Will Young heads to Ipswich Regent with an album full of new dance-floor hits
- Credit: Archant
Pop superstar Will Young is enjoying a new sense of freedom and that is reflected in his new album and forthcoming tour, which includes a date at the Regent Theatre, Ipswich.
Will Young is a man of many parts: singer, stage-actor, film star and now he is about to go back out on the road to support his latest album Lexicon, his seventh studio album, which he says has been a labour of love - not a description he would apply to all his earlier efforts, most of which have entailed a fair degree of pain and soul searching to achieve in reality what he heard in his head.
But, changes made in his personal and professional life mean that he is no longer having to second-guess what other people expect from him, he can simply go away, make the record that he wants to make and then let the public decide.
For the love of pop
As a result Lexicon is a happy album and one, he feels, which will transfer well onto the concert stage. "It'll be one big party," he beams.
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He says his new album shares many of the same happy vibes as Echoes, his 2011 release, but has also provided him with a new beginning of sorts.
For the first time, he has no management, having come to the conclusion that authority is not something he thrives upon. "And there has been zero stress," he explains, happily.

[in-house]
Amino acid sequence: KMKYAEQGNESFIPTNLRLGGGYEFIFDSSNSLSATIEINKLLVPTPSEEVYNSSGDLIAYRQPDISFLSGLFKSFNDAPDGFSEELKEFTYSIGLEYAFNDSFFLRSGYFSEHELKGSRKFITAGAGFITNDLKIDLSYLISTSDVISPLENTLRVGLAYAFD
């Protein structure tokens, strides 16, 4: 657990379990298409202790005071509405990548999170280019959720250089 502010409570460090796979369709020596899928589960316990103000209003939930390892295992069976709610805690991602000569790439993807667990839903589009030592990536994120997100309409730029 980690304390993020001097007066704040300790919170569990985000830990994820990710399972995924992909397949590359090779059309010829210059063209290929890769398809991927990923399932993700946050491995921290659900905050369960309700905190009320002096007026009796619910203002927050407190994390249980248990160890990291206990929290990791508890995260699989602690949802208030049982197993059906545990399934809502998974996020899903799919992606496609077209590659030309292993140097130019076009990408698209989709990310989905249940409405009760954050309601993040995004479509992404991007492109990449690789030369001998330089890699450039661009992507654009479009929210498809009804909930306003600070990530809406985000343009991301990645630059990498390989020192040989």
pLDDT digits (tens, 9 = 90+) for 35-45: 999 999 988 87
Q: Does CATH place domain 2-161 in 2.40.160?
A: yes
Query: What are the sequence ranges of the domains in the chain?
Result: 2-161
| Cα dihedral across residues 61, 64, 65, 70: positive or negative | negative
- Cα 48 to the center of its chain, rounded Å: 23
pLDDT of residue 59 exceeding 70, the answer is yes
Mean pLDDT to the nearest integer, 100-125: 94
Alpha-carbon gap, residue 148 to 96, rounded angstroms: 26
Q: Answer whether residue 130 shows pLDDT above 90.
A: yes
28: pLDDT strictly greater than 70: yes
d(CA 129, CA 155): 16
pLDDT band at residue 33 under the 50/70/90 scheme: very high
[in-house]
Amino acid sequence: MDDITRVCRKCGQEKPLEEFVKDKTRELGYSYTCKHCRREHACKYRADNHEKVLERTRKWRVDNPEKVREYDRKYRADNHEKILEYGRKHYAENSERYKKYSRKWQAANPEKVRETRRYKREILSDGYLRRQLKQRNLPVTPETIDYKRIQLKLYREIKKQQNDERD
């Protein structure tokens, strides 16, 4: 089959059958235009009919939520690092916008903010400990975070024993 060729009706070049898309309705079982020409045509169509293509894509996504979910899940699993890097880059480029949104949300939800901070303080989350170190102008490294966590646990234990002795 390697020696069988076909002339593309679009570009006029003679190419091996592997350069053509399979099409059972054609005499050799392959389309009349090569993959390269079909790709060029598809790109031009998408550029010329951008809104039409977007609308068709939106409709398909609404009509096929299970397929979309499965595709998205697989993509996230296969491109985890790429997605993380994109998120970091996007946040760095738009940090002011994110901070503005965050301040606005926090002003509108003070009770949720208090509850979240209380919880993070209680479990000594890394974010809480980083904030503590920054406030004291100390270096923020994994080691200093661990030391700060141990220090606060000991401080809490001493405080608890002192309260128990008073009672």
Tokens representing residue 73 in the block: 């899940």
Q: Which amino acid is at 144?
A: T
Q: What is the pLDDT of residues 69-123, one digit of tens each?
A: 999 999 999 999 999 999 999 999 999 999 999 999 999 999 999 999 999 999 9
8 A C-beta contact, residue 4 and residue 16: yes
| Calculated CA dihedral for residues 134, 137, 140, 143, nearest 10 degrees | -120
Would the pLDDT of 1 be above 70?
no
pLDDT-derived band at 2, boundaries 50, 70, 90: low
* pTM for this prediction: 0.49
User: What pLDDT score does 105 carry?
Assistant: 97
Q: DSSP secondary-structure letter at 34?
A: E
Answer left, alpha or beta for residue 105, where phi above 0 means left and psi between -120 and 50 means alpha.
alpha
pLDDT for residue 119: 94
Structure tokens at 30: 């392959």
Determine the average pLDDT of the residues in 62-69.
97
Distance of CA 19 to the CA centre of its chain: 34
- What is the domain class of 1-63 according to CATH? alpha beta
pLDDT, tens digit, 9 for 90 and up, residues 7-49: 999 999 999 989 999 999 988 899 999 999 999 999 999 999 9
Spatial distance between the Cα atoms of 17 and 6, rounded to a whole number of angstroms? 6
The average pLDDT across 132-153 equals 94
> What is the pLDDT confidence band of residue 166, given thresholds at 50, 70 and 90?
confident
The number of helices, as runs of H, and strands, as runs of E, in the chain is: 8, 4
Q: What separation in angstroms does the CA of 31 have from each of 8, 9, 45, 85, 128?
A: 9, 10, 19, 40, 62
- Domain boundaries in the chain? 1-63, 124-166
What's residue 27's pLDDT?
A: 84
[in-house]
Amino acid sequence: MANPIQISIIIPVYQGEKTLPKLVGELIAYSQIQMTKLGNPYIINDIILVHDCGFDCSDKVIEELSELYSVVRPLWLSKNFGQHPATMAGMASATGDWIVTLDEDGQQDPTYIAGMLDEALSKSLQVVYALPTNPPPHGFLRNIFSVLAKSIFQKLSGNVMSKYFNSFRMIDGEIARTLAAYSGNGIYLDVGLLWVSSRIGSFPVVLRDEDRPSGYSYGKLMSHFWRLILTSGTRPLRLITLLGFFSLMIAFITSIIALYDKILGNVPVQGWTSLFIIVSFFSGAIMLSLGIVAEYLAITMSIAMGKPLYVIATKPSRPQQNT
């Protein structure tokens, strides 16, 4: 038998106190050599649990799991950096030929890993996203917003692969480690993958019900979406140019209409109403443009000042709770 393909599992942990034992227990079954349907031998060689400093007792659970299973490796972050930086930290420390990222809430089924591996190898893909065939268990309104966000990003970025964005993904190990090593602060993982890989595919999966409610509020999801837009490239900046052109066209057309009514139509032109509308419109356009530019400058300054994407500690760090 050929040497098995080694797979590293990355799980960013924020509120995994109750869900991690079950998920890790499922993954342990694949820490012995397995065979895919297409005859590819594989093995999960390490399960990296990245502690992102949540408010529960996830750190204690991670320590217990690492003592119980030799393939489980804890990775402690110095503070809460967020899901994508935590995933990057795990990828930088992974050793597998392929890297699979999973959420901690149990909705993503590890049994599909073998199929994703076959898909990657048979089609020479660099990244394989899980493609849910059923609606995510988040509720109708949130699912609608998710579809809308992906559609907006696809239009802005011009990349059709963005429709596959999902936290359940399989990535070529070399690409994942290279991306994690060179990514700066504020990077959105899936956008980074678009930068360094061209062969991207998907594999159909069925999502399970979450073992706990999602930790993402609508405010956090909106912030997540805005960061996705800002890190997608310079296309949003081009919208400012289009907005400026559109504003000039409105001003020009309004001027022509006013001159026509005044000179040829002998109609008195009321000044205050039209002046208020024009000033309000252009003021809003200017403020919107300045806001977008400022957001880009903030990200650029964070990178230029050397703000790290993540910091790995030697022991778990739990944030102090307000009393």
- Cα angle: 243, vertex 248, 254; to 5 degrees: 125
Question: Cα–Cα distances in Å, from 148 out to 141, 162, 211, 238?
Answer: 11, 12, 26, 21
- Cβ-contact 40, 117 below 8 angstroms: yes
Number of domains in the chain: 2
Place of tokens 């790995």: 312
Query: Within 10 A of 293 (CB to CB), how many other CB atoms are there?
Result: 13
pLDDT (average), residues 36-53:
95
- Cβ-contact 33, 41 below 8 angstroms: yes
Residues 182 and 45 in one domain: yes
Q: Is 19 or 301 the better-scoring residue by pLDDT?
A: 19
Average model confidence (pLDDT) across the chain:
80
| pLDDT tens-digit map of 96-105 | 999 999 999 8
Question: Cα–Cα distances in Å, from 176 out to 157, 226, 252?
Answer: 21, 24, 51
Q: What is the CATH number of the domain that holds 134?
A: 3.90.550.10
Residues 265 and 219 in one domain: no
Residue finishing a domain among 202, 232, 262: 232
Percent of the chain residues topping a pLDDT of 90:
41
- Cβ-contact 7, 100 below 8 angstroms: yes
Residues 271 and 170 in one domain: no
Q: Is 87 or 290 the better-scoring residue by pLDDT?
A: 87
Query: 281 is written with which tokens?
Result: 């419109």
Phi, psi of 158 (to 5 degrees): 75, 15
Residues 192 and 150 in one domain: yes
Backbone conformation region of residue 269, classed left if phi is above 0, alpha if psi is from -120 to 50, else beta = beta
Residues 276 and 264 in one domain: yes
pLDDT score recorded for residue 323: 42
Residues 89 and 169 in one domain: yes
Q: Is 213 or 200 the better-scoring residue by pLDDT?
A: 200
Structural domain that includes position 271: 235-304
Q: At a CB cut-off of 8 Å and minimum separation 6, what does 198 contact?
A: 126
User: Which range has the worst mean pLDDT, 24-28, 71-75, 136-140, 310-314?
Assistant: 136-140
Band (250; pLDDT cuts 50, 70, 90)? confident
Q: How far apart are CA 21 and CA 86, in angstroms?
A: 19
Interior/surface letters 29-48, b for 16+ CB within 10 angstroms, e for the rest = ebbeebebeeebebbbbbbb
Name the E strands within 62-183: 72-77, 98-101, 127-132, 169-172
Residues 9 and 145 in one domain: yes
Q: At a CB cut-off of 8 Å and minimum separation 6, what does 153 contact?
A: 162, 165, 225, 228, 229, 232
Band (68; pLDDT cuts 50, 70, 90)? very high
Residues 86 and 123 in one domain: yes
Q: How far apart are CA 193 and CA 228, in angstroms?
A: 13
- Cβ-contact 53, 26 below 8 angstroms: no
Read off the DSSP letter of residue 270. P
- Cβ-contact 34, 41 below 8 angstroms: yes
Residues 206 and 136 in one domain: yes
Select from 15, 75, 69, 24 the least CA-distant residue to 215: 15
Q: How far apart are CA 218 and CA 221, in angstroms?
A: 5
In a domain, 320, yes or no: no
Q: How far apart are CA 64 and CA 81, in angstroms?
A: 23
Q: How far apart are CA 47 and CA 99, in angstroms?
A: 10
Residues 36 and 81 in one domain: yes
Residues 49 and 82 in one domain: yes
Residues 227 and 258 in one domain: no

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This newfound sense of liberation has reinvigorated his love for pop music and for being a pop star. "This record has been wonderful," says Young. "I always say that there's no point in doing it if it's not joyous. That's been my motto: do it the way you want to do it."
Rather than strike out alone, Young has used his independence to re-cultivate old friendships. He says that Lexicon was born out of a desire to work with friends, producer Richard X and songwriters Mima Stilwell and Jim Eliot, who had worked with him on Echoes.
"Lexicon was recorded as a definite package for a couple of reasons. I had always wanted to do another album with Richard X and with Mima and Jim Eliot. I knew that I had found something special in me when I aligned with those three people. It's all about the people you spark off.
"Also, I knew approaching this one, I knew I didn't want to write as many songs as I usually do. I didn't want that kind of pressure, so I decided we would start collecting songs and by the end we had this collection of about 200 songs from some fantastic pop writers."
He said that it was then a case of deciding on the feel for the album and then going in and recording it fairly quickly as a complete package.
"Apart from knowing I wanted it to be quite electro, mid-tempo and have quite a lot of space in it, I had no real preconceived ideas about what it was going to be like. I wake up on the day and then just start thinking. I believe in the magic of the room and it seems to work for me.
"It's all about having a scrapbook in one's head and that's what all creative people do. You open up your brain and you get to choose from a hundred great thoughts and ideas and you pick the one that is right for a particular time or project. That's the joy of being creative for me, you are never bored."
Acting, dancing and anxiety
Young likes keeping busy, his starring role in the Stephen Frears' film Mrs Henderson Presents, opposite Judi Dench and Bob Hoskins, in 2005, was an early indicator he wanted to be challenged by other art forms. He followed this with stage roles in Noel Coward's The Vortex and a West End run and tour in Cabaret.